The service industry plays a major role in the economic growth of Oporto. Nearly 50% of the jobs are from this industry, representing a massive 59 percent of the total turnover of the city. In fact, the OMA accounts for 15% of all Portuguese imports and exports. The major export of Oporto is the high quality Portuguese fortified wine - Vinho do Porto, produced exclusively in the Douro Valley in Northern Portugal. Textiles, pottery, electrical goods, footwear and machinery also contribute to Oporto's economic stability. Technology based company's production of medical devices, pharmaceutical, biochemistry and biotechnology goods play an important role. Oporto and Northern Portugal's main export customers have always been its Spanish neighbours and the German, French, UK and USA markets.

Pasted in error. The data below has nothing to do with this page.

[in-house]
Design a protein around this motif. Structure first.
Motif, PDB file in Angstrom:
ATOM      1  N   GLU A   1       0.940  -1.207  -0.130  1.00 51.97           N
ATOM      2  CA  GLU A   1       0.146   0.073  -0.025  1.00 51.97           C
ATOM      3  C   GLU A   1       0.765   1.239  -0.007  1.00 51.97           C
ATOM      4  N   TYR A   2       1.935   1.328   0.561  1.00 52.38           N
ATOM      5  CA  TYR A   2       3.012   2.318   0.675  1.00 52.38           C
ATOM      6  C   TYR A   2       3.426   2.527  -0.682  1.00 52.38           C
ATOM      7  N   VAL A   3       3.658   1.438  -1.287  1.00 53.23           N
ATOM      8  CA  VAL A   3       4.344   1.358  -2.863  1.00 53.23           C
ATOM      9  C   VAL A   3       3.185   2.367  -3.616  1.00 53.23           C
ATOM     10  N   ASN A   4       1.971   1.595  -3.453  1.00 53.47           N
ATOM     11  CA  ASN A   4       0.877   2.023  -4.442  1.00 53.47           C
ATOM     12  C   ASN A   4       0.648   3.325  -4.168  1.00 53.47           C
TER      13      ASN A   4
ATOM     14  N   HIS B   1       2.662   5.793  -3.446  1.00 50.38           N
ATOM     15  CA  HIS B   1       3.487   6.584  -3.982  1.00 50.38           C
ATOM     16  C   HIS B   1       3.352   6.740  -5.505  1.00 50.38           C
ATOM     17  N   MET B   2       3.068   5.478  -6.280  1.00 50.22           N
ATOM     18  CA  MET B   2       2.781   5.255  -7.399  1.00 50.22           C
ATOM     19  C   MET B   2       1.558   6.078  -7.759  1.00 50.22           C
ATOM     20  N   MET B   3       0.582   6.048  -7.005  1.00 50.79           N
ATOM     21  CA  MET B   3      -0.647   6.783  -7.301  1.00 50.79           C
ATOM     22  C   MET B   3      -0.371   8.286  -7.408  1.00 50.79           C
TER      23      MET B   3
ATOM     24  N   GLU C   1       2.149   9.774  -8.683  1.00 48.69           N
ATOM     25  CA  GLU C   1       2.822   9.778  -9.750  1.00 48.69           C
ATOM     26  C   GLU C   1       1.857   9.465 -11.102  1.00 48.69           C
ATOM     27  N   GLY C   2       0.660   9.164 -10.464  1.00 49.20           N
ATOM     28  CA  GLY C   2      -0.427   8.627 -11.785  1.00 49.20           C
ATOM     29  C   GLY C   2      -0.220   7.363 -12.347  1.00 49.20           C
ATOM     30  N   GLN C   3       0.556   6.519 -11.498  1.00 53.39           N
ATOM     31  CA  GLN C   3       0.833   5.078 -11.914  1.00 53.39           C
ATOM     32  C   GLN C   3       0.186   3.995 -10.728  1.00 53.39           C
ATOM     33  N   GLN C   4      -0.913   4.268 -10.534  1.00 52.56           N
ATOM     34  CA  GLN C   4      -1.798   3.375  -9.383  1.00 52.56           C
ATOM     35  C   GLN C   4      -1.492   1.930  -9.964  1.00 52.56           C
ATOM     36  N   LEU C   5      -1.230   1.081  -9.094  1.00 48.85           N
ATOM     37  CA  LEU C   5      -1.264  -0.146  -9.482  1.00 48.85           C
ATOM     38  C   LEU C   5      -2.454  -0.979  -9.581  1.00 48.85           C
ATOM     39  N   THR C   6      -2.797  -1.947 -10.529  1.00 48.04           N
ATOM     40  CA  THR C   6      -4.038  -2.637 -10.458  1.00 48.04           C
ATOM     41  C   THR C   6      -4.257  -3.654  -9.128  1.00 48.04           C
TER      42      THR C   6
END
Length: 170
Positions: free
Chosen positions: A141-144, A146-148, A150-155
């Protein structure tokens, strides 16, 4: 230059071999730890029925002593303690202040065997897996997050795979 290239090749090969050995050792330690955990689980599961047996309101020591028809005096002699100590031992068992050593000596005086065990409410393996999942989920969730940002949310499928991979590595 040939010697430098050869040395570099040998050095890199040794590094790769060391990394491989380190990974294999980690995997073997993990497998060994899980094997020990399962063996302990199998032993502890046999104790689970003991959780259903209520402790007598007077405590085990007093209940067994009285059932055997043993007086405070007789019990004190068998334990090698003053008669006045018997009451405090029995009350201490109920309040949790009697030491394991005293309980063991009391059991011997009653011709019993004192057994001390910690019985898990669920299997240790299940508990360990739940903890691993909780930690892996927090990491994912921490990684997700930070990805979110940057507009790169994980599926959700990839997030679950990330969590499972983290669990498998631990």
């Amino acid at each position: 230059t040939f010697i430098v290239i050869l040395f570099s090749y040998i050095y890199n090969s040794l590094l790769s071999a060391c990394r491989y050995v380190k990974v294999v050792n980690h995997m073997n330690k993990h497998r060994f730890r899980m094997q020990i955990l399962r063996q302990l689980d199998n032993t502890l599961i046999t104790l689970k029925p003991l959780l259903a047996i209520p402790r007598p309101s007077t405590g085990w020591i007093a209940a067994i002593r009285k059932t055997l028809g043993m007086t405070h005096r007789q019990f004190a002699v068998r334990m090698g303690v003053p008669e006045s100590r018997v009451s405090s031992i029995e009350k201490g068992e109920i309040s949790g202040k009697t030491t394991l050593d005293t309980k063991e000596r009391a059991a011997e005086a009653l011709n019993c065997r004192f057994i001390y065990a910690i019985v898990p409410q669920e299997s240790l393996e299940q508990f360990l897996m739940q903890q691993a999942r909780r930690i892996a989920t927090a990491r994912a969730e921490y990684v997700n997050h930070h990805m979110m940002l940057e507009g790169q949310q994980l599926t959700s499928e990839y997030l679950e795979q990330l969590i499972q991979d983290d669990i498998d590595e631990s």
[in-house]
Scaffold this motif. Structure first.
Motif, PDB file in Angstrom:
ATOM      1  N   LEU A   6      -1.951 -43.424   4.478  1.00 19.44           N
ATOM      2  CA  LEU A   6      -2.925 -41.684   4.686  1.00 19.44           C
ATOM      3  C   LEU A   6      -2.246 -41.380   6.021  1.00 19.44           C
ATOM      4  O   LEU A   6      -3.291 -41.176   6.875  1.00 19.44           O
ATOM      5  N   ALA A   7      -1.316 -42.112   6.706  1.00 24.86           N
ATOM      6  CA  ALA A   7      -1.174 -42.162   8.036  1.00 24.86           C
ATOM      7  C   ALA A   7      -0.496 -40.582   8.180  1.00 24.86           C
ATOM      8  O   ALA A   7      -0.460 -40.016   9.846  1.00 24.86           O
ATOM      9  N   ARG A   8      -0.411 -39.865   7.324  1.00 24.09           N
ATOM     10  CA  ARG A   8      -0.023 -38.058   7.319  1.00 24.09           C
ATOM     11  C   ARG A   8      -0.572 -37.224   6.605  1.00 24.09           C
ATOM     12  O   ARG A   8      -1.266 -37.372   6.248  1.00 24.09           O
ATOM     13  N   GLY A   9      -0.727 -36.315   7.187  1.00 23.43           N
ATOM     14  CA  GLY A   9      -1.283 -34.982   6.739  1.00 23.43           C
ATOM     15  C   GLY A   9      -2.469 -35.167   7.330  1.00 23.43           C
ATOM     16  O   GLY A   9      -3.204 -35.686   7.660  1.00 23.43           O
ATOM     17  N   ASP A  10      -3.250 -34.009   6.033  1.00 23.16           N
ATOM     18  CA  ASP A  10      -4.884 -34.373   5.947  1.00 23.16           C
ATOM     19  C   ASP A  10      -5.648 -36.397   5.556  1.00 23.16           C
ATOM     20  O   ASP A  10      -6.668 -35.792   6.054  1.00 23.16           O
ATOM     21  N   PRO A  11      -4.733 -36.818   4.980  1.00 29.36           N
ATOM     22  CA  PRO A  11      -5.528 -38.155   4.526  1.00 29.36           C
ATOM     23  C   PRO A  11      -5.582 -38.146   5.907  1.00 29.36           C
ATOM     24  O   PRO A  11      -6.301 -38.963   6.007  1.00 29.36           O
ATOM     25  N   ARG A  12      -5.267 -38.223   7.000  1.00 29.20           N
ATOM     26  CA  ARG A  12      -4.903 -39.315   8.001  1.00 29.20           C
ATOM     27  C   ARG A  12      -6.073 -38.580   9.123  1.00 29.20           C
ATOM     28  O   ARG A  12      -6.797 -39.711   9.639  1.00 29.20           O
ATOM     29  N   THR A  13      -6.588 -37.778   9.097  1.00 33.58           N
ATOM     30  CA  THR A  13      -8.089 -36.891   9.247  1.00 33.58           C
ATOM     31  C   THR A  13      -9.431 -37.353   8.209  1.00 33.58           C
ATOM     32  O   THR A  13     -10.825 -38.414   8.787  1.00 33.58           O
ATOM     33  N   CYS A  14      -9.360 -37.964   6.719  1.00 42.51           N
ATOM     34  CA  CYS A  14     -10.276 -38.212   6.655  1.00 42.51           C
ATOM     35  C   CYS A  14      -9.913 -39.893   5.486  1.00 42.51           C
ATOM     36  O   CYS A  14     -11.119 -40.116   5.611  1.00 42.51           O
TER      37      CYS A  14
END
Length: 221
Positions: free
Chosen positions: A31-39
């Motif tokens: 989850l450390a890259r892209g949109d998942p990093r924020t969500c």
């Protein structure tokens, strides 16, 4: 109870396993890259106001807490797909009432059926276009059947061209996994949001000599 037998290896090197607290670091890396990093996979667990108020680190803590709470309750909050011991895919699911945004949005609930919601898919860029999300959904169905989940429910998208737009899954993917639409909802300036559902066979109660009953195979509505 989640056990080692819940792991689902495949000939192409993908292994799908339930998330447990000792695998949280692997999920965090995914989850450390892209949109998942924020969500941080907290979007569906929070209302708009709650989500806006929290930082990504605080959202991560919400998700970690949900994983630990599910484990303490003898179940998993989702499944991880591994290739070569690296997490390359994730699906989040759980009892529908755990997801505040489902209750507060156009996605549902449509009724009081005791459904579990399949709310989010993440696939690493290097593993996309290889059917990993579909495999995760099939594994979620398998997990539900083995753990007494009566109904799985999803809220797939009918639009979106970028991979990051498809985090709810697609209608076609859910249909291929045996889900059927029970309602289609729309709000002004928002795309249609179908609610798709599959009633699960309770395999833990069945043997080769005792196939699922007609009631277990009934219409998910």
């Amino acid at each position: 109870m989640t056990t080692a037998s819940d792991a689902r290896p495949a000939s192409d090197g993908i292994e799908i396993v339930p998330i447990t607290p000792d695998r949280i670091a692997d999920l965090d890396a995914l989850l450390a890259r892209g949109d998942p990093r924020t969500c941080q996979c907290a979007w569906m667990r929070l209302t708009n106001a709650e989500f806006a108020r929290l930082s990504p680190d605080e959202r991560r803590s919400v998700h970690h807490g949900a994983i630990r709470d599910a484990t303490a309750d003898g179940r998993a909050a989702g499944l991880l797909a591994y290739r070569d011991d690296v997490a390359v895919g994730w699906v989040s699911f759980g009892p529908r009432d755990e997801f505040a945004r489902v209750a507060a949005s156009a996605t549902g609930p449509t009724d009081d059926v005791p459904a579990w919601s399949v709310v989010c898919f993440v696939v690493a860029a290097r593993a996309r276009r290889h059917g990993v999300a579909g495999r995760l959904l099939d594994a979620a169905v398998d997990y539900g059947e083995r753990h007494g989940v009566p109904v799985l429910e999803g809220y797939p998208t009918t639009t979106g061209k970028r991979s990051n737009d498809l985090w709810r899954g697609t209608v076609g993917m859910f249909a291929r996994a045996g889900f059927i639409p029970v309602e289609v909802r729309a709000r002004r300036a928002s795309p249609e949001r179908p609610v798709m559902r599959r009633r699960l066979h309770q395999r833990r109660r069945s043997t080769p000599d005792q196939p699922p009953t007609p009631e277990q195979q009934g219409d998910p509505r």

Photo Credit: Creative Commons / Georges Jansoone
Another incomparable fact about the Northern region of Portugal is that it owns a stretch of Atlantic coastline, perfect for international goods traffic to and from the EU. The Leixões Port is a significant logistics platform, which leads to an increase in the economic output of Oporto.
Declaring Oporto as a World Heritage site in 1996 has helped it seek international affirmation and boost the tourist numbers. In 2001, the city was designated the 'European Capital of Culture' by the European Union to acknowledge the public and government's efforts in improving the infrastructure and keeping alive its historic legacy.